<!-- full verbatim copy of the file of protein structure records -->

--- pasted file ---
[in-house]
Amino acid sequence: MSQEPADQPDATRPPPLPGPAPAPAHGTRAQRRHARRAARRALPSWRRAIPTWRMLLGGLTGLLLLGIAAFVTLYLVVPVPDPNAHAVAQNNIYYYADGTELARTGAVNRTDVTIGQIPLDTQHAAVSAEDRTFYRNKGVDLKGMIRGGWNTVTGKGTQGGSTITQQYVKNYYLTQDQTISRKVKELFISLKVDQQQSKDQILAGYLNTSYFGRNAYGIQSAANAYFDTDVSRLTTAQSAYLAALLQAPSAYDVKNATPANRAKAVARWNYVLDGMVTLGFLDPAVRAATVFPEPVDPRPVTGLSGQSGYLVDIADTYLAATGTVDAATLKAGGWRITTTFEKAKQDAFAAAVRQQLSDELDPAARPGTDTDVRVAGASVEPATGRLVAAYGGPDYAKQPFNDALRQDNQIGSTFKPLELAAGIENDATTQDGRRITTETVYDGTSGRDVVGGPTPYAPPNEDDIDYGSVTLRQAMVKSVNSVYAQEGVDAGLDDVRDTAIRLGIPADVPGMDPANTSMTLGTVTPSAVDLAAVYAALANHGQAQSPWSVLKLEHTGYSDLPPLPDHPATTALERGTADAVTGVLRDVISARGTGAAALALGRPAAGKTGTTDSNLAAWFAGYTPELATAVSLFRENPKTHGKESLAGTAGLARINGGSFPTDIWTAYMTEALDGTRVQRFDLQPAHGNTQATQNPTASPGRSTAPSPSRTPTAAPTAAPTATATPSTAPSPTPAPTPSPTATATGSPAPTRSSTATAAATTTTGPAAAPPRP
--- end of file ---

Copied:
[in-house]
Amino acid sequence: MSQEPADQPDATRPPPLPGPAPAPAHGTRAQRRHARRAARRALPSWRRAIPTWRMLLGGLTGLLLLGIAAFVTLYLVVPVPDPNAHAVAQNNIYYYADGTELARTGAVNRTDVTIGQIPLDTQHAAVSAEDRTFYRNKGVDLKGMIRGGWNTVTGKGTQGGSTITQQYVKNYYLTQDQTISRKVKELFISLKVDQQQSKDQILAGYLNTSYFGRNAYGIQSAANAYFDTDVSRLTTAQSAYLAALLQAPSAYDVKNATPANRAKAVARWNYVLDGMVTLGFLDPAVRAATVFPEPVDPRPVTGLSGQSGYLVDIADTYLAATGTVDAATLKAGGWRITTTFEKAKQDAFAAAVRQQLSDELDPAARPGTDTDVRVAGASVEPATGRLVAAYGGPDYAKQPFNDALRQDNQIGSTFKPLELAAGIENDATTQDGRRITTETVYDGTSGRDVVGGPTPYAPPNEDDIDYGSVTLRQAMVKSVNSVYAQEGVDAGLDDVRDTAIRLGIPADVPGMDPANTSMTLGTVTPSAVDLAAVYAALANHGQAQSPWSVLKLEHTGYSDLPPLPDHPATTALERGTADAVTGVLRDVISARGTGAAALALGRPAAGKTGTTDSNLAAWFAGYTPELATAVSLFRENPKTHGKESLAGTAGLARINGGSFPTDIWTAYMTEALDGTRVQRFDLQPAHGNTQATQNPTASPGRSTAPSPSRTPTAAPTAAPTATATPSTAPSPTPAPTPSPTATATGSPAPTRSSTATAAATTTTGPAAAPPRP